The Royal College of Midwives (RCM) have recently issued a radical new position statement which dramatically narrows conscientious objection for midwives and promotes a campaign for abortion up to birth for any reason.
To the dismay of many, the Royal College did not consult their membership on their new extreme stance.
In February, the RCM registered as a supporter of the British Pregnancy Advisory Service’s ‘We Trust Women’ campaign which wishes to see the total removal of all legal restrictions and sanctions regarding abortion. In the recent statement, the RCM announced that it “supports the campaign to remove abortion from criminal law,” which would, in effect, legalise abortion-on-demand throughout the entire nine months of pregnancy, for any reason whatsoever.
In response, to RCM’s backing of BPAS’ campaign, a group of midwives wrote an open letter, entitled ‘Not In Our Name‘, which has now been signed by over 200 midwives across the country, asking the Board to revoke the College’s support for this agenda, and begin to consult the membership as to their views on the issue of abortion.
Rather than the RCM listening to their members, they formalised their new policy with zero consultation.
This move is unsurprising, however, given that Cathy Warwick, the Chief Executive of the Royal College of Midwives, is also the Chair of BPAS’ Board of Trustees.
Ironically, the College’s move is out of step with public opinion. Recent polling has consistently demonstrated that a larger proportion of women in the UK want more, not fewer restrictions on abortion.
A ComRes poll in March 2014 found that 88% of women favoured a total and explicit ban on sex-selective abortion. Contrary to the RCM’s call for abortion up to birth, in 2012, an Angus Reid poll found that only 2% of women wanted the time limit extended beyond 24 weeks, whilst 59% of women favoured a reduction in time limits.
The RCM also said in their position statement that it believes “abortion procedures should be regulated in the same way as all other procedures relating to women’s health care”.
Currently, abortions must be authorised by two doctors in good faith and carried out in a hospital or other approved place. The RCM’s proposals would completely do away with this requirement. Again, this is the exact opposite to what the rest of the population wants. In 2014, a ComRes poll showed 92% of women in the UK believe that a patient requesting an abortion should always be seen in person by a qualified doctor.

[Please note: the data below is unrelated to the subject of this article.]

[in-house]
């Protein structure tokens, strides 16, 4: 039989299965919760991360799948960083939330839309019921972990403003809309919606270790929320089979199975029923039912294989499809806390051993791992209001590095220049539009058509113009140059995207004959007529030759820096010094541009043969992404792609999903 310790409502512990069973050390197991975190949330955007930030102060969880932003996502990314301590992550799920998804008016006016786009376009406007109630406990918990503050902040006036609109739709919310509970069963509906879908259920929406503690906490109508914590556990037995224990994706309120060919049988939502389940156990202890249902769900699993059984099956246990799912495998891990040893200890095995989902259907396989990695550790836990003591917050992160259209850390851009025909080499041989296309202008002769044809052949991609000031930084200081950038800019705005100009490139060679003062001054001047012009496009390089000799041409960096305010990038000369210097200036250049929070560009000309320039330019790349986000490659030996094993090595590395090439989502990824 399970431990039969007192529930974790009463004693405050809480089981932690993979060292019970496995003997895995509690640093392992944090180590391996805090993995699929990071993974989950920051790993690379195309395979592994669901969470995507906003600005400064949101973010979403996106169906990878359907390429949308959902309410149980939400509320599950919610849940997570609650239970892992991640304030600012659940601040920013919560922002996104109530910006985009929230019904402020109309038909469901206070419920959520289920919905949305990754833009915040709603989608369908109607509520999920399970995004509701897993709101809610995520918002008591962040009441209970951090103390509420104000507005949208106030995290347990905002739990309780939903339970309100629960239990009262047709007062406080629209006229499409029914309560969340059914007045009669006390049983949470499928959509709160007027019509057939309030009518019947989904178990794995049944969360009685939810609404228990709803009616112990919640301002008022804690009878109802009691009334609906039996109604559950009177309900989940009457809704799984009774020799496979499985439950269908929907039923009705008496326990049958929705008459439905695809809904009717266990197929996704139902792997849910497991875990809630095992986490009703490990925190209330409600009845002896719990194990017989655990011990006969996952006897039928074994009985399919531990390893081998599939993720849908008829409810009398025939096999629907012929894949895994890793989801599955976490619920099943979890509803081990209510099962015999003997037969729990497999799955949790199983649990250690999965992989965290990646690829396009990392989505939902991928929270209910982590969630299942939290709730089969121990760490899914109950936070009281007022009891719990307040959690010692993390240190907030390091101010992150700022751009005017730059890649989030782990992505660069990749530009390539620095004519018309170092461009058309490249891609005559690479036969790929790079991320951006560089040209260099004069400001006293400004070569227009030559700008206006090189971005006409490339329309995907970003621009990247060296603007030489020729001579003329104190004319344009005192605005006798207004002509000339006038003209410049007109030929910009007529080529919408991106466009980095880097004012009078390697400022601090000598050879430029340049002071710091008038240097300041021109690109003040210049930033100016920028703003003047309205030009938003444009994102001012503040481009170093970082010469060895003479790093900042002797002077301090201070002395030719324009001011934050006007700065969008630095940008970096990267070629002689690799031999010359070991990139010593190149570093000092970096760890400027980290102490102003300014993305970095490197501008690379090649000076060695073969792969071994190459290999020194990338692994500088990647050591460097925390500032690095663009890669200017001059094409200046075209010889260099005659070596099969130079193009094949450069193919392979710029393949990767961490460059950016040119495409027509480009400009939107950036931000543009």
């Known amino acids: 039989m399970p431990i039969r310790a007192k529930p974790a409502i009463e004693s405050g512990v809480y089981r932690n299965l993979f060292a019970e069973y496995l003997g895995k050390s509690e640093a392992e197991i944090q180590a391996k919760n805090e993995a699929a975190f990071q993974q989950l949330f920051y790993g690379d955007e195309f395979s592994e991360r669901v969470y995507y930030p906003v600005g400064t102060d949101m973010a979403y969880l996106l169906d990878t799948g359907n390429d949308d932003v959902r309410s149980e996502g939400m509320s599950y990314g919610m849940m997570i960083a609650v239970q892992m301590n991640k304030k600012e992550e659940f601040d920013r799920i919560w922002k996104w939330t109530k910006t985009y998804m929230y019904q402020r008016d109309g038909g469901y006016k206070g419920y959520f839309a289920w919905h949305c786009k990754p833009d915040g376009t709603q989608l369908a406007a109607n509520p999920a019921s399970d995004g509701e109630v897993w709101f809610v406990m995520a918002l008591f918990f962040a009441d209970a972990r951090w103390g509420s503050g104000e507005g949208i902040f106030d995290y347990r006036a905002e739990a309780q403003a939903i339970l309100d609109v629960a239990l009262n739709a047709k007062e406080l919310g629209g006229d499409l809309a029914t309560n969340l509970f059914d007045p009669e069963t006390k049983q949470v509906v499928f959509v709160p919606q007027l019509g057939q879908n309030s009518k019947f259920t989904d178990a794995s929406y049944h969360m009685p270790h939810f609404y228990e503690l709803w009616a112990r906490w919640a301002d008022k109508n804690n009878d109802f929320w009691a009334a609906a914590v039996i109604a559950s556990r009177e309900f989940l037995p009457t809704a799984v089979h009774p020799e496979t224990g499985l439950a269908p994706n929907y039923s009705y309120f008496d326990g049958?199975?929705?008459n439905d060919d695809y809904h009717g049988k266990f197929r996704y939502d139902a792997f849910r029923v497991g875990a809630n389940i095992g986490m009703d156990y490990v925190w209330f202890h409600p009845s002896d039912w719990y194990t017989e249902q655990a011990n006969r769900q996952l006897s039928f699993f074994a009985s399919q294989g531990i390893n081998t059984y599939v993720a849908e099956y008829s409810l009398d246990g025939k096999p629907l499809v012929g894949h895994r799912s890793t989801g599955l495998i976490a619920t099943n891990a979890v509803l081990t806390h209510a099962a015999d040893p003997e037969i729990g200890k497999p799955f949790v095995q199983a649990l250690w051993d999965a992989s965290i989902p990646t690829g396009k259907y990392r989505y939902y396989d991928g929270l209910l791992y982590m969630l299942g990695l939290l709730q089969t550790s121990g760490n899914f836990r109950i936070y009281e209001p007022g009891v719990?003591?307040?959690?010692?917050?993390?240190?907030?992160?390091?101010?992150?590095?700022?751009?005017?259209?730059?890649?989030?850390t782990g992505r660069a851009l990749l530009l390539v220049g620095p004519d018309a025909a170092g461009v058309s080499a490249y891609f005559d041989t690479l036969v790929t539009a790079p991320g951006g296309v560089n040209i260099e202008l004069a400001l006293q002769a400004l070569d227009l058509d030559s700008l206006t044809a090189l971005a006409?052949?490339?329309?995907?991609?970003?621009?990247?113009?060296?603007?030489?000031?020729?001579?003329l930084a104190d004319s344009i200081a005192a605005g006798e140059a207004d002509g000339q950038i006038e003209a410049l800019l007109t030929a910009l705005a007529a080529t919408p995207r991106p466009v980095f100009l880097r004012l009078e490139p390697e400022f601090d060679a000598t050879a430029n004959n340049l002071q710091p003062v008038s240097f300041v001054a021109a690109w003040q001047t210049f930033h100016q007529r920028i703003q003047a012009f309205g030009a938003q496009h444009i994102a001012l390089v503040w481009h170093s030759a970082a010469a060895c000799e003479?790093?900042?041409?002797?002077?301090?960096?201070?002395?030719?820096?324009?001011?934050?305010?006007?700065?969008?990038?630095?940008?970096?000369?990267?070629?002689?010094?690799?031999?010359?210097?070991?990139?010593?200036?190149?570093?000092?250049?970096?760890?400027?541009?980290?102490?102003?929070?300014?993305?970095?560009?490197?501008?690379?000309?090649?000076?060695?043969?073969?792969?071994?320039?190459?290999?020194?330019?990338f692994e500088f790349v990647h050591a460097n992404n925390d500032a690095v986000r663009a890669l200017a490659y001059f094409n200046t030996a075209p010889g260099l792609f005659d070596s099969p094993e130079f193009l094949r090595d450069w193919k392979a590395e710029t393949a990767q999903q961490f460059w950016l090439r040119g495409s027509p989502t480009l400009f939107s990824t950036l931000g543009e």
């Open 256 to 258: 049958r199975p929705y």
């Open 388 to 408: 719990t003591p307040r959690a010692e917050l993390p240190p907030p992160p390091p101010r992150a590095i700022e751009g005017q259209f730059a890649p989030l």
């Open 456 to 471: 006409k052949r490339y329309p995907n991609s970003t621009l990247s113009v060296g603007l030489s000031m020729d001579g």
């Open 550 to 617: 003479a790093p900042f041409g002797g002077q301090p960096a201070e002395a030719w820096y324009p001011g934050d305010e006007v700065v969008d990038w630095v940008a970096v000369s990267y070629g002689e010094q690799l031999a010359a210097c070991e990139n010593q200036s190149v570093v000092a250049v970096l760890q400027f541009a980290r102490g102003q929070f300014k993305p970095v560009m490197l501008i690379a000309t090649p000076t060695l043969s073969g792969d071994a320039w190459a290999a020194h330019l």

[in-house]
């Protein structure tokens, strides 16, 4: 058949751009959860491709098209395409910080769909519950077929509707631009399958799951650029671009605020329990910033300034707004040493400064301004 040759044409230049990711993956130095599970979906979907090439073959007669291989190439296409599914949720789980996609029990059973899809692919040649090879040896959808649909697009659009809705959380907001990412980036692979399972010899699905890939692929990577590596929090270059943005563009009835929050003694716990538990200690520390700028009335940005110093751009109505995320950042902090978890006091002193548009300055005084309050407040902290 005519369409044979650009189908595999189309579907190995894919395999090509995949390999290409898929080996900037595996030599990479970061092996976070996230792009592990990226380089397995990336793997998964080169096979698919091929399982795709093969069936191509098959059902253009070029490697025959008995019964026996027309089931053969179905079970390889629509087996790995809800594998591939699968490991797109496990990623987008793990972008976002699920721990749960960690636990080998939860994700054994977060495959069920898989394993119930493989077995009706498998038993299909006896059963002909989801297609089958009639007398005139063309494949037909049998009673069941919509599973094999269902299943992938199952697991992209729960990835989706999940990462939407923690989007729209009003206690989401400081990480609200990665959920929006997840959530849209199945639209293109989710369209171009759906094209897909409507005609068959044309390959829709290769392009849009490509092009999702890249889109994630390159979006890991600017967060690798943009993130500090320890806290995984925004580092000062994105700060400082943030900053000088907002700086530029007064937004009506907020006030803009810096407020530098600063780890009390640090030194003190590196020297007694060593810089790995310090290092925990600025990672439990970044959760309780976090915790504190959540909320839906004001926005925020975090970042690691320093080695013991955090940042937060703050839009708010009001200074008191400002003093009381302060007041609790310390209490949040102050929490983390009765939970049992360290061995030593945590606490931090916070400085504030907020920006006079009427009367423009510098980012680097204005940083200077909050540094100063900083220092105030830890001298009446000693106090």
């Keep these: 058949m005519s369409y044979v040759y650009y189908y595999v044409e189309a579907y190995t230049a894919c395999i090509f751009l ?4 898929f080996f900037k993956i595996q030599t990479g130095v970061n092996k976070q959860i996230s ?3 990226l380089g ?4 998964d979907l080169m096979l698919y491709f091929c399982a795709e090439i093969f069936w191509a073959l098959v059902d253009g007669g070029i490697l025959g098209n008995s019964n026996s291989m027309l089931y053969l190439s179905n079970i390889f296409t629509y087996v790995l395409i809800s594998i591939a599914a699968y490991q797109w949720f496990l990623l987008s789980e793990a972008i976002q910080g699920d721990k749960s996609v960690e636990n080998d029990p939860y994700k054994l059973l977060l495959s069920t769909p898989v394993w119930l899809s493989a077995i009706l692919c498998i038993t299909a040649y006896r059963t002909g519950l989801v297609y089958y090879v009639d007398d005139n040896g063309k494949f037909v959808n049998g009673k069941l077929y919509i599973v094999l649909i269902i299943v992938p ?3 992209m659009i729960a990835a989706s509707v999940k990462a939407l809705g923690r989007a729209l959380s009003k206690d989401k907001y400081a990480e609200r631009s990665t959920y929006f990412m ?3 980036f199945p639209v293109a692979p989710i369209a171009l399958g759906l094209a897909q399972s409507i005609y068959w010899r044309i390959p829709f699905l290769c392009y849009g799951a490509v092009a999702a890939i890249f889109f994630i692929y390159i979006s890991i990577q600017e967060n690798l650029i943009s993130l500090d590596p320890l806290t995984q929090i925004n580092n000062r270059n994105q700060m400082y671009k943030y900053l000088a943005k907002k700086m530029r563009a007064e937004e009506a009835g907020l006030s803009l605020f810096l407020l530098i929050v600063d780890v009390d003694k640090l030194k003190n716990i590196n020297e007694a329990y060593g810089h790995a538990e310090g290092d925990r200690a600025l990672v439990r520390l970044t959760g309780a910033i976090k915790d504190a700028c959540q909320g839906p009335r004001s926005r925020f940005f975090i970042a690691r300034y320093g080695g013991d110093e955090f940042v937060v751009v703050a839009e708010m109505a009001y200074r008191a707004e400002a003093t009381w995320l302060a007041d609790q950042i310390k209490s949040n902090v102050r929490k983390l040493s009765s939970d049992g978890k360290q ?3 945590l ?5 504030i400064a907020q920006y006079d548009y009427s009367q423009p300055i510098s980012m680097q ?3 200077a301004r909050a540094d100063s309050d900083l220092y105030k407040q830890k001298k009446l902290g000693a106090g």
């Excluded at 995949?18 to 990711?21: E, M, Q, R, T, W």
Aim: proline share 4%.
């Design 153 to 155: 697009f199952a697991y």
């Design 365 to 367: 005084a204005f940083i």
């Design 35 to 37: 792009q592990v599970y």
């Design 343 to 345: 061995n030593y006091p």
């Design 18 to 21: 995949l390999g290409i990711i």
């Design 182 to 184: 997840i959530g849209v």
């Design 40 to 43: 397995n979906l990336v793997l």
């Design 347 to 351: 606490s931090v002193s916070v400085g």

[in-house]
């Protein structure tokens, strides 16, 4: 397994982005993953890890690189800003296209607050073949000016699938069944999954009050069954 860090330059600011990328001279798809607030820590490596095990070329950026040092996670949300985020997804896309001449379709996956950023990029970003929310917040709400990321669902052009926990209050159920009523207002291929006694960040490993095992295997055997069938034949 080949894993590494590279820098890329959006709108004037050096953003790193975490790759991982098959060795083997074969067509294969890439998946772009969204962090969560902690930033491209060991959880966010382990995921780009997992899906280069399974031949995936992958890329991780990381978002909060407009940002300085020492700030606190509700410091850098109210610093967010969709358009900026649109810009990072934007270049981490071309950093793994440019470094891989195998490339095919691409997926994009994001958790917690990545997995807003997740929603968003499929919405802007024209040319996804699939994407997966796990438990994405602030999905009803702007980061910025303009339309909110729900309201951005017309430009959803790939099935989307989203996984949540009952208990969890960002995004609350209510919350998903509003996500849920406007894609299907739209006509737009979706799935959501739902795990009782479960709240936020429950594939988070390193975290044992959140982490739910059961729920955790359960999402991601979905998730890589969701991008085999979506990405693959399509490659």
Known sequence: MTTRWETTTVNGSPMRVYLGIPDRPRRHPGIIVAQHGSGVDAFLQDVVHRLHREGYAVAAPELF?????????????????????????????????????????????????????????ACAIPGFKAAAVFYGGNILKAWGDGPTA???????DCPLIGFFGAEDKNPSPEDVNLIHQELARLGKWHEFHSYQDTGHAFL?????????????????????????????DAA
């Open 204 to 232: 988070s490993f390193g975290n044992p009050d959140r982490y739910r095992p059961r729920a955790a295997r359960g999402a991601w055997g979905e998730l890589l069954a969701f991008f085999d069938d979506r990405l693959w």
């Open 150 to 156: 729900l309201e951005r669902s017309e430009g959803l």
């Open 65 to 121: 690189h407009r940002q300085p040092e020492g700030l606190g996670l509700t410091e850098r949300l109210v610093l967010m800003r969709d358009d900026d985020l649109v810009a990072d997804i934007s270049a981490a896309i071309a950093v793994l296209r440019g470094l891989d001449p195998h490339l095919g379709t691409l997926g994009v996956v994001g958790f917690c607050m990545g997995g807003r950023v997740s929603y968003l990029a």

With regards to conscientious objection, the Royal College announced that “all midwives should be prepared to care for women before and after a termination in a maternity unit under obstetric care” and that whilst “the rights of midwives and maternity support workers to hold a position of conscientious objection should be recognised”, they “should only apply to direct involvement in the procedure of terminating pregnancy”.
This drastic restriction of the right of conscientious objection was reaffirmed by the UK Supreme Court in December 2014, following the Doogan case, in which the Supreme Court defined ‘participate’ as “taking part in a hands-on capacity: actually performing the tasks involved in the course of treatment”. This came after the Scottish midwives who took the case, Concepta Wood and Mary Doogan, had previously won the right on conscientious grounds to refuse to assist with abortions at any point in the procedure.
At the time, Neil Addison, director of the Thomas More Legal Centre said, the effect of the Supreme Court judgment will “make it very difficult or impossible for nurses or midwives with conscientious objections to apply for managerial positions in the NHS”.
The new dangerous direction of the Royal College of Midwives is catastrophic and will be seriously disheartening to midwives around the country who pursued midwifery precisely because of their love for the unborn and their desire to help bring new life into the world. The fact that the body who is meant to represent them is now expecting them to assist in the direct opposite, after absolutely no consultation, is both shocking and appalling.